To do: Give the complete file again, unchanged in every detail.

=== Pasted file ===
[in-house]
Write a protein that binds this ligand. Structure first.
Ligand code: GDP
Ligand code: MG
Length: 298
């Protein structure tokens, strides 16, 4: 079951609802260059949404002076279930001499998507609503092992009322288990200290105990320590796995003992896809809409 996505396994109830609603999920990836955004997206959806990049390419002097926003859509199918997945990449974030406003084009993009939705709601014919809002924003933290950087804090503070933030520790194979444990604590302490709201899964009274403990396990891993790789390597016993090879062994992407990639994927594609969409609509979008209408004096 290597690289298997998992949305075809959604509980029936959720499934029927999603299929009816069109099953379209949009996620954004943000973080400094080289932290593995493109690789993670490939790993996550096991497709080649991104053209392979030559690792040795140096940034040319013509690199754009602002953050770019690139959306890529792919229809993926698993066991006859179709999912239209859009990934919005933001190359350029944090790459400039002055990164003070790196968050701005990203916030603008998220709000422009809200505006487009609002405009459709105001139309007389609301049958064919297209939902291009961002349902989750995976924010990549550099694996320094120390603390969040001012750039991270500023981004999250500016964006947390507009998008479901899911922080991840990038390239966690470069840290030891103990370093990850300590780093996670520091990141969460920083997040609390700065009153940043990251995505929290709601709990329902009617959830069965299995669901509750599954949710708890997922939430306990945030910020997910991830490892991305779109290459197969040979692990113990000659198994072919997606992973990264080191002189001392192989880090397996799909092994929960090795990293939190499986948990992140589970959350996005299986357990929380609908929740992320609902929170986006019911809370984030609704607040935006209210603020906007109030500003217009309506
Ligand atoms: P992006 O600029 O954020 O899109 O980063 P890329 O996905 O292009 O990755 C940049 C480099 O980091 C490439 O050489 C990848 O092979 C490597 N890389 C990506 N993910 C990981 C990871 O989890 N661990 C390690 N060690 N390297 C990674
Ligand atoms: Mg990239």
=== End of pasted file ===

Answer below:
[in-house]
Write a protein that binds this ligand. Structure first.
Ligand code: GDP
Ligand code: MG
Length: 298
């Protein structure tokens, strides 16, 4: 079951609802260059949404002076279930001499998507609503092992009322288990200290105990320590796995003992896809809409 996505396994109830609603999920990836955004997206959806990049390419002097926003859509199918997945990449974030406003084009993009939705709601014919809002924003933290950087804090503070933030520790194979444990604590302490709201899964009274403990396990891993790789390597016993090879062994992407990639994927594609969409609509979008209408004096 290597690289298997998992949305075809959604509980029936959720499934029927999603299929009816069109099953379209949009996620954004943000973080400094080289932290593995493109690789993670490939790993996550096991497709080649991104053209392979030559690792040795140096940034040319013509690199754009602002953050770019690139959306890529792919229809993926698993066991006859179709999912239209859009990934919005933001190359350029944090790459400039002055990164003070790196968050701005990203916030603008998220709000422009809200505006487009609002405009459709105001139309007389609301049958064919297209939902291009961002349902989750995976924010990549550099694996320094120390603390969040001012750039991270500023981004999250500016964006947390507009998008479901899911922080991840990038390239966690470069840290030891103990370093990850300590780093996670520091990141969460920083997040609390700065009153940043990251995505929290709601709990329902009617959830069965299995669901509750599954949710708890997922939430306990945030910020997910991830490892991305779109290459197969040979692990113990000659198994072919997606992973990264080191002189001392192989880090397996799909092994929960090795990293939190499986948990992140589970959350996005299986357990929380609908929740992320609902929170986006019911809370984030609704607040935006209210603020906007109030500003217009309506
Ligand atoms: P992006 O600029 O954020 O899109 O980063 P890329 O996905 O292009 O990755 C940049 C480099 O980091 C490439 O050489 C990848 O092979 C490597 N890389 C990506 N993910 C990981 C990871 O989890 N661990 C390690 N060690 N390297 C990674
Ligand atoms: Mg990239």